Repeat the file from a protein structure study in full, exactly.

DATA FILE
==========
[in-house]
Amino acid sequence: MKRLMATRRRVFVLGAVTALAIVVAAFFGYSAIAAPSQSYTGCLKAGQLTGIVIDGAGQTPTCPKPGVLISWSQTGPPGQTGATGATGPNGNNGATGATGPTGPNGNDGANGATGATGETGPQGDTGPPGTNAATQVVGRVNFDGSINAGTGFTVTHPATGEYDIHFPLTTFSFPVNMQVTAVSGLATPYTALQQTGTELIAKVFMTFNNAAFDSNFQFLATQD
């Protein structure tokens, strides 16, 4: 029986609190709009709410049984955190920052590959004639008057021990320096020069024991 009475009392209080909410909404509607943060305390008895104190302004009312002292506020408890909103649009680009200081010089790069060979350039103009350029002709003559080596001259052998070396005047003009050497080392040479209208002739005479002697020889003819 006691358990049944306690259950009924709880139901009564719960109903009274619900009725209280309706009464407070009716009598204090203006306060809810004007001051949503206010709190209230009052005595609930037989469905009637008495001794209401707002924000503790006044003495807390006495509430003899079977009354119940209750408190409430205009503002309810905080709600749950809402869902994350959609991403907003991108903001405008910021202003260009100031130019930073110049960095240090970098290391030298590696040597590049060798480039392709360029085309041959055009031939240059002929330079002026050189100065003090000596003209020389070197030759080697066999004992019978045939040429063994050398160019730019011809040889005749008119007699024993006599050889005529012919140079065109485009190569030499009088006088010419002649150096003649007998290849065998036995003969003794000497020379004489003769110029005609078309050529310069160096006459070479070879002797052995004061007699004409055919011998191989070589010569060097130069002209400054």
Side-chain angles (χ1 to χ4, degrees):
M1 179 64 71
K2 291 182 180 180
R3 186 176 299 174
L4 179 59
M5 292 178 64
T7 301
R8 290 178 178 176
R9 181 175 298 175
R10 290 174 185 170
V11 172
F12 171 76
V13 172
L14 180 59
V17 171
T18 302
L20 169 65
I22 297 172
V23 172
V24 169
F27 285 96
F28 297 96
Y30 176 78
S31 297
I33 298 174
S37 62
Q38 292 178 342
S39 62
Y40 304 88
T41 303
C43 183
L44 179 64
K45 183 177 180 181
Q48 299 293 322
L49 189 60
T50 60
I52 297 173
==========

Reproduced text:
[in-house]
Amino acid sequence: MKRLMATRRRVFVLGAVTALAIVVAAFFGYSAIAAPSQSYTGCLKAGQLTGIVIDGAGQTPTCPKPGVLISWSQTGPPGQTGATGATGPNGNNGATGATGPTGPNGNDGANGATGATGETGPQGDTGPPGTNAATQVVGRVNFDGSINAGTGFTVTHPATGEYDIHFPLTTFSFPVNMQVTAVSGLATPYTALQQTGTELIAKVFMTFNNAAFDSNFQFLATQD
């Protein structure tokens, strides 16, 4: 029986609190709009709410049984955190920052590959004639008057021990320096020069024991 009475009392209080909410909404509607943060305390008895104190302004009312002292506020408890909103649009680009200081010089790069060979350039103009350029002709003559080596001259052998070396005047003009050497080392040479209208002739005479002697020889003819 006691358990049944306690259950009924709880139901009564719960109903009274619900009725209280309706009464407070009716009598204090203006306060809810004007001051949503206010709190209230009052005595609930037989469905009637008495001794209401707002924000503790006044003495807390006495509430003899079977009354119940209750408190409430205009503002309810905080709600749950809402869902994350959609991403907003991108903001405008910021202003260009100031130019930073110049960095240090970098290391030298590696040597590049060798480039392709360029085309041959055009031939240059002929330079002026050189100065003090000596003209020389070197030759080697066999004992019978045939040429063994050398160019730019011809040889005749008119007699024993006599050889005529012919140079065109485009190569030499009088006088010419002649150096003649007998290849065998036995003969003794000497020379004489003769110029005609078309050529310069160096006459070479070879002797052995004061007699004409055919011998191989070589010569060097130069002209400054």
Side-chain angles (χ1 to χ4, degrees):
M1 179 64 71
K2 291 182 180 180
R3 186 176 299 174
L4 179 59
M5 292 178 64
T7 301
R8 290 178 178 176
R9 181 175 298 175
R10 290 174 185 170
V11 172
F12 171 76
V13 172
L14 180 59
V17 171
T18 302
L20 169 65
I22 297 172
V23 172
V24 169
F27 285 96
F28 297 96
Y30 176 78
S31 297
I33 298 174
S37 62
Q38 292 178 342
S39 62
Y40 304 88
T41 303
C43 183
L44 179 64
K45 183 177 180 181
Q48 299 293 322
L49 189 60
T50 60
I52 297 173